Crosby Crafts Raw, Intimate Set with New Album Lighthouse!
David Crosby's masterful new record Lighthouse is an intimate, stripped-down set that highlights the music legend's instantly recognizable voice, incisive songwriting, and incomparable guitar work. The palpable joy in the 9-song collection captures the iconic artist in an unexpected burst of inspiration. "To create brand new music that I'm excited about is a pearl beyond price," says the two-time Rock and Roll Hall of Fame inductee. Lighthouse features a rare economy of sound, filled primarily by Crosby's voice and guitars, and Michael League of Snarky Puppy's skillful production. There's a sparse, unvarnished quality to the tracks that allows the songs breathing room and for the full emotional weight of the lyrics to emerge, unencumbered by extraneous instrumentation.
On album opener, "Things We Do For Love," written for his wife of nearly 40-years Jan, Crosby's vocals reflect a poetic tenderness. On "Paint You A Picture," a cinematic tale of romantic regret co-written with Marc Cohn ("Walking In Memphis"), they are filled with remorseful resignation. The longtime social activist lands his political punches as he bitingly condemns the craven politicians who send other people's children to war on "Somebody Other Than You," and compassionately reminds us that we are all the same on "Look In Their Eyes," a poignant tale about immigration inspired by the Syrian refugee crisis.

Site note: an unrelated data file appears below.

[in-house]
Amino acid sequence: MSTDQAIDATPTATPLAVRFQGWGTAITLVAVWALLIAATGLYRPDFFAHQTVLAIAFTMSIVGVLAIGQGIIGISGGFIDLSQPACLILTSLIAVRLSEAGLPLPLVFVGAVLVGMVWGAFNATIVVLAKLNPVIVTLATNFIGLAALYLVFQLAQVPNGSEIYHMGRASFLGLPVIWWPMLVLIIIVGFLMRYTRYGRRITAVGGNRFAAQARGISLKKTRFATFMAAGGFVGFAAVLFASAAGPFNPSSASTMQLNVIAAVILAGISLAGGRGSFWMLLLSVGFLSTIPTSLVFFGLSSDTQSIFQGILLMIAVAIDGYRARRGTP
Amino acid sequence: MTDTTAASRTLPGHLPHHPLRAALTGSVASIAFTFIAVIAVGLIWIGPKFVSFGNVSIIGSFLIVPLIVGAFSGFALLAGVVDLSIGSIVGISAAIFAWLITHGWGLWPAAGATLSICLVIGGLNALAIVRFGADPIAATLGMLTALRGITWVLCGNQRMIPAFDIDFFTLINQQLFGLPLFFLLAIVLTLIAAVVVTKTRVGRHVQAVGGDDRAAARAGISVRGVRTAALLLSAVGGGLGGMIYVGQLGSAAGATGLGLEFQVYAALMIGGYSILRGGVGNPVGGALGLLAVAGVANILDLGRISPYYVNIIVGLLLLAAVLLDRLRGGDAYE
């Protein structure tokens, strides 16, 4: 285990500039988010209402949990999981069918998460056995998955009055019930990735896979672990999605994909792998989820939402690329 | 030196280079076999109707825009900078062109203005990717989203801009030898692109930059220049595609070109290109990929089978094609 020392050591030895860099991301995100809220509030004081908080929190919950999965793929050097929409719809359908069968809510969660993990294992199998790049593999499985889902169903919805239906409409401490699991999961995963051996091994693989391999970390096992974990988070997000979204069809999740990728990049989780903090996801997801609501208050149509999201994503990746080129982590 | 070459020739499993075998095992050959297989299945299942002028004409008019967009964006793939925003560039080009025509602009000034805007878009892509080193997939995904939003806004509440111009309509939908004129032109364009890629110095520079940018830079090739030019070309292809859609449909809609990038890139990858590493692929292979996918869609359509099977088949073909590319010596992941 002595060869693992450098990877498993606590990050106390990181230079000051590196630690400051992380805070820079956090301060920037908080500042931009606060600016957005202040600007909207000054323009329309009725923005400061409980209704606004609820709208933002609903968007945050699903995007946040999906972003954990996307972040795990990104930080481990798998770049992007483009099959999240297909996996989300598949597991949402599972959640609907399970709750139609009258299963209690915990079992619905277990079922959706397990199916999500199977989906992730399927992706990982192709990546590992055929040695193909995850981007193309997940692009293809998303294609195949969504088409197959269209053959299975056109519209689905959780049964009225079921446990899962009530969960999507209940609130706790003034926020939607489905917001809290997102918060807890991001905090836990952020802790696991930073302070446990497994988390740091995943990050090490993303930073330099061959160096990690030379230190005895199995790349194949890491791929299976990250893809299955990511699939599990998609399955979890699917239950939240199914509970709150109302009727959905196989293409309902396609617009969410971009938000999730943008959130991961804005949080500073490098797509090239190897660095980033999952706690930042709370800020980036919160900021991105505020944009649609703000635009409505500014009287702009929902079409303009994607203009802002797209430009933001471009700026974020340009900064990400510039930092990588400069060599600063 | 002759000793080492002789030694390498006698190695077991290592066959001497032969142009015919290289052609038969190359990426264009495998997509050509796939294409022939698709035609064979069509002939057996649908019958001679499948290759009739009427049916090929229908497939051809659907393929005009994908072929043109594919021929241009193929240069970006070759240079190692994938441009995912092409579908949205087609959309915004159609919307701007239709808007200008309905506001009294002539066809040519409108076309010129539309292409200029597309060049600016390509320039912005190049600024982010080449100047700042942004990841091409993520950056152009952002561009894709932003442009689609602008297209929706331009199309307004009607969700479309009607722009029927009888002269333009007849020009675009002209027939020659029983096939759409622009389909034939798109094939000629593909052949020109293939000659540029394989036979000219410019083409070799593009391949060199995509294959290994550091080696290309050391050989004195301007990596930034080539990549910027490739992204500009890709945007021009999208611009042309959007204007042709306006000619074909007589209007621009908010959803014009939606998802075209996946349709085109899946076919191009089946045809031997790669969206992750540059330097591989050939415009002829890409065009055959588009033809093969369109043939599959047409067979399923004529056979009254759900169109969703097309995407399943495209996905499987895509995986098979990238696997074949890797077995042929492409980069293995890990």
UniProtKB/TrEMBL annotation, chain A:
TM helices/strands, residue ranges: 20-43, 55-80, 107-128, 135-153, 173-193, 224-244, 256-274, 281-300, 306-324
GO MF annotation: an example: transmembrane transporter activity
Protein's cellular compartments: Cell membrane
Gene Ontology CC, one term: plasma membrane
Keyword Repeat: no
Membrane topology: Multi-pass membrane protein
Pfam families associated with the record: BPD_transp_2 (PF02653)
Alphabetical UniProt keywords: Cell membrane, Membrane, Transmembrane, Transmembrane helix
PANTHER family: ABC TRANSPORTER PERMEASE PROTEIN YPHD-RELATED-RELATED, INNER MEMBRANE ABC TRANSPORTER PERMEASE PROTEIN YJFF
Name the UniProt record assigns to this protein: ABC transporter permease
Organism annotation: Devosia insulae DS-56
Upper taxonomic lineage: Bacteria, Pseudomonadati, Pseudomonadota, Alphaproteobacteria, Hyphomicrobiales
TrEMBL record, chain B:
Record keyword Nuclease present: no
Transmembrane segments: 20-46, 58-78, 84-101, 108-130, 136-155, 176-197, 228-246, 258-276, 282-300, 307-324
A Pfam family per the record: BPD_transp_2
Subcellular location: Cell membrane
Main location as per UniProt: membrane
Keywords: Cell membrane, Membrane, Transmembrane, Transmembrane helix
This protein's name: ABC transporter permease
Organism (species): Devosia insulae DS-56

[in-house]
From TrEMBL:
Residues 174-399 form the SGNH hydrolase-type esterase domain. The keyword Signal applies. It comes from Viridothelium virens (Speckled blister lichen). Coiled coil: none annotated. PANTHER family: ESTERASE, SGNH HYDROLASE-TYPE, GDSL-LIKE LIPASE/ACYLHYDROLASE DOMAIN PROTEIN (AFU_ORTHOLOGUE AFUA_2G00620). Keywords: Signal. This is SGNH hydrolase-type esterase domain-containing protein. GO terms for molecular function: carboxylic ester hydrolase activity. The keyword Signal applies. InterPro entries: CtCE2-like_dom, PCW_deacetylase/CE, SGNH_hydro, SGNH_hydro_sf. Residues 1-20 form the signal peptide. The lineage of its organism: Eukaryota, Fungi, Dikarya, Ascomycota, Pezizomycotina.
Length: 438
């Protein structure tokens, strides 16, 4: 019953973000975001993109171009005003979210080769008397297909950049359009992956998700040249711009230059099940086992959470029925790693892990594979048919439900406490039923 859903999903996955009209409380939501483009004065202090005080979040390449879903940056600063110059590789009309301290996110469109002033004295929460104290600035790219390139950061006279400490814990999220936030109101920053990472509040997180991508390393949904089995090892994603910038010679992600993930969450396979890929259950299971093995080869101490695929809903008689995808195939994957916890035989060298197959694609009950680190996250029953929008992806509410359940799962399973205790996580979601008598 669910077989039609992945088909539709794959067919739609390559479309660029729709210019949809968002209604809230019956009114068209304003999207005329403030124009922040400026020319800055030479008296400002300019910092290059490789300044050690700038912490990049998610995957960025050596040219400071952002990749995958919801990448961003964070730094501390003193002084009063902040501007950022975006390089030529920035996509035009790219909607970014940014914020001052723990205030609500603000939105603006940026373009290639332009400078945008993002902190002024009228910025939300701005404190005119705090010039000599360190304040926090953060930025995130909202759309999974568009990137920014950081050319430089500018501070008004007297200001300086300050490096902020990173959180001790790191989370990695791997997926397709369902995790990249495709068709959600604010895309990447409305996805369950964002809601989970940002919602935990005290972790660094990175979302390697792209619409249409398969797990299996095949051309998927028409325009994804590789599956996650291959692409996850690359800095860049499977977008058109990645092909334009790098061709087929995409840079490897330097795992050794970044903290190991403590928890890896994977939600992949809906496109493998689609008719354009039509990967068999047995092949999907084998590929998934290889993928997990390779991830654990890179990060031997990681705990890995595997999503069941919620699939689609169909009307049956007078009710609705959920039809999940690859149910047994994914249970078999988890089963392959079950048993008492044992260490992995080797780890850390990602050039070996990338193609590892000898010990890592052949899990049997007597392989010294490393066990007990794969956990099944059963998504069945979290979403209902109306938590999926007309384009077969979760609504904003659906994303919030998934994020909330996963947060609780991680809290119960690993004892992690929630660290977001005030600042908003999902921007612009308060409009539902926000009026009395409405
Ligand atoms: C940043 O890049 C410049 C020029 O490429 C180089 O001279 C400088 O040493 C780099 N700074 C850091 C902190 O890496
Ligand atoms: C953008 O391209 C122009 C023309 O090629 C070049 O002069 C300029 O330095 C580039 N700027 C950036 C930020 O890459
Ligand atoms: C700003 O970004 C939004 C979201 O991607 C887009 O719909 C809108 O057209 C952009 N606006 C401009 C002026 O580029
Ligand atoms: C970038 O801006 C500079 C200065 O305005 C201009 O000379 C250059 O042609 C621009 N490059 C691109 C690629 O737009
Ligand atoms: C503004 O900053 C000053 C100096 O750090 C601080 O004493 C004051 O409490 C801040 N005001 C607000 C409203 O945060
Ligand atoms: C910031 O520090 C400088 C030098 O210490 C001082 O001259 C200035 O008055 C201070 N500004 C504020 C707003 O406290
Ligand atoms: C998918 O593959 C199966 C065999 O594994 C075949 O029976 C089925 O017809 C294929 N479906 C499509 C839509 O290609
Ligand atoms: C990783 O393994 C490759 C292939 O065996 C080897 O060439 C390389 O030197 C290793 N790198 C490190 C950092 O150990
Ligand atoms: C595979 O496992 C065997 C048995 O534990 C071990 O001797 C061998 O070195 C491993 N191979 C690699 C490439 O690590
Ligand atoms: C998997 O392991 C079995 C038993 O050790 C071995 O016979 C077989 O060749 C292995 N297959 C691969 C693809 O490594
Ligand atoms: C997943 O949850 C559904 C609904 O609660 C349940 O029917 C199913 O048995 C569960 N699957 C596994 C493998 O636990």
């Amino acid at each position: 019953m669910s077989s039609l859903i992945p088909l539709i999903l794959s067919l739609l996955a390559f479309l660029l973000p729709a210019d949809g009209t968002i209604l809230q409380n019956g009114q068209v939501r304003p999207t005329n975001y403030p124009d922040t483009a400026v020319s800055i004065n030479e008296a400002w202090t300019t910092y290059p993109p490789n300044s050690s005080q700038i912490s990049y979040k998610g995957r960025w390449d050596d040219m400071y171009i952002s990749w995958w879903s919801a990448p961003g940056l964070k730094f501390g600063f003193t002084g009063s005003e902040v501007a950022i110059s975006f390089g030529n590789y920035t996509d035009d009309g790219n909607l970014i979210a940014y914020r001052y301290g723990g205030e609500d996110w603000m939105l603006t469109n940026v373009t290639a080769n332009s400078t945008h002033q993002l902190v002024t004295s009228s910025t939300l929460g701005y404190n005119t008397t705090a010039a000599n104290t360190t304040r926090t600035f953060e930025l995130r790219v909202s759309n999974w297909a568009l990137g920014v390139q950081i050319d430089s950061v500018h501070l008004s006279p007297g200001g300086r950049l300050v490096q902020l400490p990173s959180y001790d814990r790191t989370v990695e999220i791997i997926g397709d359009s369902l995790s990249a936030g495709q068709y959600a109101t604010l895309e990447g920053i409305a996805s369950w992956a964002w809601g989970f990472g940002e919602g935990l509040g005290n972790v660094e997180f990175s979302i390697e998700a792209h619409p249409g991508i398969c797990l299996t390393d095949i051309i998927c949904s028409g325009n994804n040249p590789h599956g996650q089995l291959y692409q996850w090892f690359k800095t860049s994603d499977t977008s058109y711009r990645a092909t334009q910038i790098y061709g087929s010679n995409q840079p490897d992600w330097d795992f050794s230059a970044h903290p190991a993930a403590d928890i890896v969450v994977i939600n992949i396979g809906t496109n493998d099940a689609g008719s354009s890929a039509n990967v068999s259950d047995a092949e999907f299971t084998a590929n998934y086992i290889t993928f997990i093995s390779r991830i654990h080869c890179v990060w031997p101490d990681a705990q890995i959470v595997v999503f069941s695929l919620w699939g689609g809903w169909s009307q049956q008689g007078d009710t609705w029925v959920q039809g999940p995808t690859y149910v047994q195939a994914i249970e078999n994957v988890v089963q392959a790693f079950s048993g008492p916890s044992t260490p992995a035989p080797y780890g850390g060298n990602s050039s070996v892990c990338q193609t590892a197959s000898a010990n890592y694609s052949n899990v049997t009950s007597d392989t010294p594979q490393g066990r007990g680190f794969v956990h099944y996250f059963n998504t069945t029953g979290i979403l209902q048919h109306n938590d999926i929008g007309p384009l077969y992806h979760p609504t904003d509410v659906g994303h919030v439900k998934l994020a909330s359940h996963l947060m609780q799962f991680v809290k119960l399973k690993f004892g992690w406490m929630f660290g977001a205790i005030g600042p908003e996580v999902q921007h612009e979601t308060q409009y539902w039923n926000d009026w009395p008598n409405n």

Particularly striking on Lighthouse is Crosby's piquant guitar playing, which is as inventive as always, but never flashy. By turns gentle and caustic, his work here surprised even him as he discovered new tones. "I put a guitar in a strange tuning and I see what I find," he says. "It gives you different inversions of the chords and it gives you different sounds. I have many tunings. It helps me find things that are fresh and that are mine rather than just repeating stuff that other people have done."